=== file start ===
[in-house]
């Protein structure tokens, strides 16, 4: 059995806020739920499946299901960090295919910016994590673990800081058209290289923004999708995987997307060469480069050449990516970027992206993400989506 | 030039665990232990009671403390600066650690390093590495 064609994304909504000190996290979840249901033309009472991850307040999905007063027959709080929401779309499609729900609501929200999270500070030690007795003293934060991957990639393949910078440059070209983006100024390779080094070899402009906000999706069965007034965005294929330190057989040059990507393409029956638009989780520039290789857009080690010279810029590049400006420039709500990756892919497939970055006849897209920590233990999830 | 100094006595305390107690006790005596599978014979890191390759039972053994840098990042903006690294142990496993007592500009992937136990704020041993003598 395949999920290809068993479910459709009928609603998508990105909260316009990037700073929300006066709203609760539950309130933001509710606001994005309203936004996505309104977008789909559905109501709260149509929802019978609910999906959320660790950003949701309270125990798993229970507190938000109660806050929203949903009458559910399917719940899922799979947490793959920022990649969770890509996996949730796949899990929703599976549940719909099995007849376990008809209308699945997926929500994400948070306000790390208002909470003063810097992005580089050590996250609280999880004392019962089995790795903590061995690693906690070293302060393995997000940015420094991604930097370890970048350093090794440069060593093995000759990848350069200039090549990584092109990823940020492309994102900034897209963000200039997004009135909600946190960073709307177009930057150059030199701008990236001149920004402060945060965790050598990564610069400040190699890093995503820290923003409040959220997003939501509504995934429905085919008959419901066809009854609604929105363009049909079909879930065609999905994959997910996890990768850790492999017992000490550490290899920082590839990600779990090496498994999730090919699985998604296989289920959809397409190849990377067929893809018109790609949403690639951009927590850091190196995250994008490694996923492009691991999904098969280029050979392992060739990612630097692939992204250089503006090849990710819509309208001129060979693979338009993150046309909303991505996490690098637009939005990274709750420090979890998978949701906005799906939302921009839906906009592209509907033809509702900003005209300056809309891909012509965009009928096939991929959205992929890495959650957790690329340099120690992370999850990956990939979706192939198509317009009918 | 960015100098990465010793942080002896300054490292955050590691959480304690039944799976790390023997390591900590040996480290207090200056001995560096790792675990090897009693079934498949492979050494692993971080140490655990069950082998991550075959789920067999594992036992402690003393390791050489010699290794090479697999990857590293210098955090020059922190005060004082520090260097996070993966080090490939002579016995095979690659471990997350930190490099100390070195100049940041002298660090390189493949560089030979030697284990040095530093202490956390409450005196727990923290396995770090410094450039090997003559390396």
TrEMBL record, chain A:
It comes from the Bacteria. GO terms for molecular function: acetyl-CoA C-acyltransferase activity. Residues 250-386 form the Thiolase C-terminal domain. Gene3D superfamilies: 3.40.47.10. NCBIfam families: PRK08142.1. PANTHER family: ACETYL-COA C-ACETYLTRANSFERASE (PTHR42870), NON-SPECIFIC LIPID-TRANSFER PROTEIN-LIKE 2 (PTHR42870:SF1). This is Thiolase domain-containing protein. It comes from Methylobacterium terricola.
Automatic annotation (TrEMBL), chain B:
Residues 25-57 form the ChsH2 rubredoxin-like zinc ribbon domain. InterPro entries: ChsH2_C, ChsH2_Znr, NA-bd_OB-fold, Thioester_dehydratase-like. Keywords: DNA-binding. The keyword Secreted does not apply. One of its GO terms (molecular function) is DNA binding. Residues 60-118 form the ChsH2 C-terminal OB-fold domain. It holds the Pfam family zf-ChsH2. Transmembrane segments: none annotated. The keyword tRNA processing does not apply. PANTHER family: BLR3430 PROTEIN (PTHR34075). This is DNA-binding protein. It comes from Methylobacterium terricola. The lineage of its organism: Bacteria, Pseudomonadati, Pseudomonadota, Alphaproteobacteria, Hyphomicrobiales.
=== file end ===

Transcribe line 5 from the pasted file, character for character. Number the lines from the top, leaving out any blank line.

Automatic annotation (TrEMBL), chain B: